“It was just a test, just a way of seeing how my legs felt, to find out what the sensations were,” he said. “I felt very good.”

    Good is also how he feels about the latest reincarnation of the Astana team. Apparently on its last legs when Armstrong and team manager Johan Bruyneel secured backing from RadioShack and took many of Astana’s riders along with them as the Kazakh-backed outfit looked set to implode, the team has undergone its second major overhaul and Contador is pleased with how it is shaping up.

    “The atmosphere in the team is great, it’s very relaxed, there are lots of new guys but we all get on very well. There’s lots of joking and laughing between us. On the road too I’m very happy with them,” said Contador.

    Asked about the widely stated observation that the team lacks strength in depth, Contador admits: “We may not have the riders here to enable to us to compete in all the major tours, but we have a very strong core group for the Tour. And it was good on today’s stage to see how well the team worked. I was pleased to see how well they worked for me, keeping me...

  • Seeldraeyers' heart problem diagnosis wrong

    Kevin Seeldraeyers (Quick Step) leads the young rider classification.
    Article published:
    February 19, 2010, 9:34 GMT
    Cycling News

    No heart disease for the young Belgian talent

    Kevin Seeldraeyers had a bad scare over the winter, when he was told that he had suspected heart problems which could force him to quit racing. But the diagnosis was wrong, much to the relief of the Quick Step rider.

    The 23-year-old underwent a routine check at a hospital, and was told he had an enlarged heart. A heart muscle disease was feared, and he was told to stop racing.

    Seeldraeyers therefore trained less the last two weeks. “With that diagnosis in mind, I didn't go too deeply. I usually did not train more than one or two hours, but that was partly because of the weather in Belgium.”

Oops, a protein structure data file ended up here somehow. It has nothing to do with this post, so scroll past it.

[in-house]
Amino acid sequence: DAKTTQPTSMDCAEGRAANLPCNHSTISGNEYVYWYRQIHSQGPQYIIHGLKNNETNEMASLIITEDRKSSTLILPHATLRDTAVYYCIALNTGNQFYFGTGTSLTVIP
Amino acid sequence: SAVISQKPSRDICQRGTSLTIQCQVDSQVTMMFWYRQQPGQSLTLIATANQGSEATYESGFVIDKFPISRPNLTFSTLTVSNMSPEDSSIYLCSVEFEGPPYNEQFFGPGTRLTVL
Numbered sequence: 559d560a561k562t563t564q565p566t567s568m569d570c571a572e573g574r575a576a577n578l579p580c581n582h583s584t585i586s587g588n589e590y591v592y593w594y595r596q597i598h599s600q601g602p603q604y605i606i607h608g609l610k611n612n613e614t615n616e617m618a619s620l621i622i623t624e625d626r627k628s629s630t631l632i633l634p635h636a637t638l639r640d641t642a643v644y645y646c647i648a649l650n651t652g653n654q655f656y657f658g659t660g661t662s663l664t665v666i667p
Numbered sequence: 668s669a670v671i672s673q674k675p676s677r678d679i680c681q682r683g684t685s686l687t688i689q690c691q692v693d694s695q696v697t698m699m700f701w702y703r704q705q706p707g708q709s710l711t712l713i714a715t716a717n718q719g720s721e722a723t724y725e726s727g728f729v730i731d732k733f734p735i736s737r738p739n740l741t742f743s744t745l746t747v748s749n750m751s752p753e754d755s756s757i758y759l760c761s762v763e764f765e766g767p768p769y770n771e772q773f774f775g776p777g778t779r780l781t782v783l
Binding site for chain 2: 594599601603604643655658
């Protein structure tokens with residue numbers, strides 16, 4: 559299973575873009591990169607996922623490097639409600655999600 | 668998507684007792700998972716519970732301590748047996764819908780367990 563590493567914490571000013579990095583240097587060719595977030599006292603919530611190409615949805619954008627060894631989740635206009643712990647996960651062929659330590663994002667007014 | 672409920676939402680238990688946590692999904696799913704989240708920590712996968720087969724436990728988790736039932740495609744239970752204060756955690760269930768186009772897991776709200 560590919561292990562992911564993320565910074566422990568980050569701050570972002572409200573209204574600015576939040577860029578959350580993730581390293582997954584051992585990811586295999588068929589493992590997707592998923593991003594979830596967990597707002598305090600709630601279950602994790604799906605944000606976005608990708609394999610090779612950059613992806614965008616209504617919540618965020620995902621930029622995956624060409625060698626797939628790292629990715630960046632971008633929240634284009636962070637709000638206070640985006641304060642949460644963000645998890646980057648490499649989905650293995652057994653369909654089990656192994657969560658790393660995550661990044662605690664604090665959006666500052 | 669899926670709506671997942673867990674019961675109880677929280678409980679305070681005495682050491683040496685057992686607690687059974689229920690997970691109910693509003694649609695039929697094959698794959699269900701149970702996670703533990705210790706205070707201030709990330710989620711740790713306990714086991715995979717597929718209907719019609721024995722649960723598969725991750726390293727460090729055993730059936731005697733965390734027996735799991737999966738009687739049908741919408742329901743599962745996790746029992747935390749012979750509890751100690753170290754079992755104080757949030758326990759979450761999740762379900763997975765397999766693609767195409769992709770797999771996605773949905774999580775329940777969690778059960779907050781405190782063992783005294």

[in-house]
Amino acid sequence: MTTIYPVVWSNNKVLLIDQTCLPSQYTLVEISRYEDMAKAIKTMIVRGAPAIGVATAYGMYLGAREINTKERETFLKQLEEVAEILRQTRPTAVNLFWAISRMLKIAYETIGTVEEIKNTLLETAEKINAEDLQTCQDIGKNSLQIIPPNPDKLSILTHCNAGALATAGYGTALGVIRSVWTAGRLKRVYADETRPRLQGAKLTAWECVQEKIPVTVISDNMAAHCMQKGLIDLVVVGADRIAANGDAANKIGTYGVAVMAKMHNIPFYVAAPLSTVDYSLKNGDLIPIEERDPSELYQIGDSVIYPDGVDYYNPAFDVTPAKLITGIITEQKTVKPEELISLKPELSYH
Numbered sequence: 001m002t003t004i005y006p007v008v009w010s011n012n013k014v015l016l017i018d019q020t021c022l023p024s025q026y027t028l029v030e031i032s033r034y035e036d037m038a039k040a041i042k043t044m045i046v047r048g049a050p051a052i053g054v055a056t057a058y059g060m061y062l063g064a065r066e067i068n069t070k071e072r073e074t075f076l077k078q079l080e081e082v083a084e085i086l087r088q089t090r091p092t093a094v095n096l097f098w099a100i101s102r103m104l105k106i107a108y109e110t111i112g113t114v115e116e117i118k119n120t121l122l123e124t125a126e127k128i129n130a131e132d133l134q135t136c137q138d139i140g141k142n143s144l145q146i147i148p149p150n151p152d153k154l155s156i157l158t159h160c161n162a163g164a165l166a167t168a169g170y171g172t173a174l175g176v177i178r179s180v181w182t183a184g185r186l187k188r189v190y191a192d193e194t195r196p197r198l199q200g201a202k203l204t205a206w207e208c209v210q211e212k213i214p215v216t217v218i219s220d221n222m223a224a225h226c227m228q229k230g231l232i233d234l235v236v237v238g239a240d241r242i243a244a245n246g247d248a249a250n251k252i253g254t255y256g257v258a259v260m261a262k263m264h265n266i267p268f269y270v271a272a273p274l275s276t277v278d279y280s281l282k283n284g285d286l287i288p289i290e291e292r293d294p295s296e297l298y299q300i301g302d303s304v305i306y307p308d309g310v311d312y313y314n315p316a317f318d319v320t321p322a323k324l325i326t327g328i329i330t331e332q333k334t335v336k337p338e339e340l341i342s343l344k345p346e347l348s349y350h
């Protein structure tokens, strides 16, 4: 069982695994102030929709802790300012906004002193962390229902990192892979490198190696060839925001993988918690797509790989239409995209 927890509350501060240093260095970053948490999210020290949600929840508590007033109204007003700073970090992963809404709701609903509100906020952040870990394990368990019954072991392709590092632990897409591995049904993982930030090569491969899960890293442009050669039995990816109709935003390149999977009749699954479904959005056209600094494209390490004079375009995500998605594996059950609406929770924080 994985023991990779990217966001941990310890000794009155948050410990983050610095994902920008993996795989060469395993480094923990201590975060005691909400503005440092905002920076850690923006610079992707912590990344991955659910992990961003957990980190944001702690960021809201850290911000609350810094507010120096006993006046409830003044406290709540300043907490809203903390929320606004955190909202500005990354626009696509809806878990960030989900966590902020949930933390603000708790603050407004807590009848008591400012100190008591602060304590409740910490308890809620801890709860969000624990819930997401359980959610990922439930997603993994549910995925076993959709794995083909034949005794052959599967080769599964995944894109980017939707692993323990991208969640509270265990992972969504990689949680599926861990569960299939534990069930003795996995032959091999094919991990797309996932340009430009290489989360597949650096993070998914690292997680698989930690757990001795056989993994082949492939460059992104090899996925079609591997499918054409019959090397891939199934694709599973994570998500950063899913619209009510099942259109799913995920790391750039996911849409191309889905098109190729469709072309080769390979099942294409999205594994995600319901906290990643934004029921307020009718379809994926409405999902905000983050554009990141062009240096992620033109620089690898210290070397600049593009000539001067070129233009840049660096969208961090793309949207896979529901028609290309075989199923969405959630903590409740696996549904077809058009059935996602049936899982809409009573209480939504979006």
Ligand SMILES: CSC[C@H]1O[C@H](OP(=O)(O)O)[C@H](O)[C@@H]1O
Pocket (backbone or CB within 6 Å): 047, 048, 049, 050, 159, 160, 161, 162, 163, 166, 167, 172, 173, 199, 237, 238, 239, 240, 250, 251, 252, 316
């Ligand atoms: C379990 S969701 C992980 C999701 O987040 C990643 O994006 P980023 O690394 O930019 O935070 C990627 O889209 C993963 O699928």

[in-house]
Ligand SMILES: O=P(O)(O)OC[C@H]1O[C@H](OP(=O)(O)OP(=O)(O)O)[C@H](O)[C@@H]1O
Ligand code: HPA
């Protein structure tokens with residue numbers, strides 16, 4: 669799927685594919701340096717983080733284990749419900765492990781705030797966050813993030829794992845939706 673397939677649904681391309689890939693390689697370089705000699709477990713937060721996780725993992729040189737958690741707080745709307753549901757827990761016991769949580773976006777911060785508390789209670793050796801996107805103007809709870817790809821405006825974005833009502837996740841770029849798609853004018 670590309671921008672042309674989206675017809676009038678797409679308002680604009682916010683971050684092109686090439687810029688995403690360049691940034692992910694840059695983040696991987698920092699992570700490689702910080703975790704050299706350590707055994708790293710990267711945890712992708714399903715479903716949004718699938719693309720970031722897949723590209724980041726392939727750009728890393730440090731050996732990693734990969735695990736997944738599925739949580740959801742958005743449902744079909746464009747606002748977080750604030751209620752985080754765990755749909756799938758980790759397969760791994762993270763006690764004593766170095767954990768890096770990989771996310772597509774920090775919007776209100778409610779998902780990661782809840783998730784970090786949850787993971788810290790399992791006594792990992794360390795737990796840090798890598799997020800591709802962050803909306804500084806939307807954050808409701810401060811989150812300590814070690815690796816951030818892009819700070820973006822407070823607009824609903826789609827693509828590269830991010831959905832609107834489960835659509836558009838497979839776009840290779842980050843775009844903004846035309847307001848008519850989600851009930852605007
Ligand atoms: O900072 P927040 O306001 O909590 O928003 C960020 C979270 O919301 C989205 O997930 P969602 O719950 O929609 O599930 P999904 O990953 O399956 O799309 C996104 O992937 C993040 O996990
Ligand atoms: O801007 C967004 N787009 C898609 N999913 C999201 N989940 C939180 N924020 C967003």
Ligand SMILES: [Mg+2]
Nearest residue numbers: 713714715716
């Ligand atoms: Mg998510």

The Belgian, who last year won the best young rider ranking at both Paris-Nice and the Giro d'Italia,
    is currently riding the Volta ao Algarve as his first race of the year. Paris-Nice is once again on his calendar, “but I suspect I won't have high ambitions there.”

  • O'Grady and Cooke headline inaugural Mumbai Cyclothon

    Cycling in Mumbai is mainly for transportation, but a race in India could change that.
    Article published:
    February 19, 2010, 10:50 GMT
    Hedwig Kröner

    Indian professional race aims for ProTour status within five years

    Professional cycling's global expansion will continue this weekend as one of the world's greatest economic powers plays host to its first-ever pro race on Sunday, February 21. The Mumbai Cyclothon, or Tour of Bombay, is a one-day criterium in the Indian megalopole that will cover 100 kilometres.

    The 120 rider peloton will include Saxo Bank professionals Stuart O'Grady and Baden Cooke, with Estonian sprinter Jaan Kirsipuu to compete as a member of the LeTua cycling team. Trek-Livestrong rider Charlie Avis has also been confirmed for the event and will race as part of a composite Mumbai All-stars team that will also include Olympic gold medallist Scott McGrory.

    ProTour teams Saxo Bank and Cervélo TestTeam will take part in the event, alongside Continental squads CKT-Champion System, Glud&Marstrand Horsens, Giant Asia, LeTua and Marco Polo. Indian and Malaysian national teams will also line-up for the event.

    The event has been recognized by the International Cycling Union (UCI) as a Cat. 1.2 race and is chaperoned by Eddy Merckx. On a circuit of 2.8 kilometres that will be raced 36 times, the peloton will fight for intermediate sprints every five laps. The winner pocket a first prize of US$50,000 (36,400 Euros).

    Race director David McQuaid, son of the UCI president Pat McQuaid, described the task of designing a course within the tight streets of Mumbai as "challenging", but was confident the event will deliver a high standard of racing.

    With a population of over 1 billion people, organisers are hopeful the race will not only increase interest in pro cycling in India, but also promote the health benefits of the sport. The professional criterium will take place alongside a number of other races designed for amateur riders and children. Registrations for these support events have already reached 10,000.

    "I really hope that this race will develop the culture of cycling in India," said Pat McQuaid.

  • Dauphiné Libéré to start in Evian

    The final podium of the Dauphiné Libéré (L-R) Alberto Contador (Astana), Alejandro Valverde (Caisse d'Epargne) and Cadel Evans (Silence - Lotto). Stef Clement (Rabobank).
    Article published: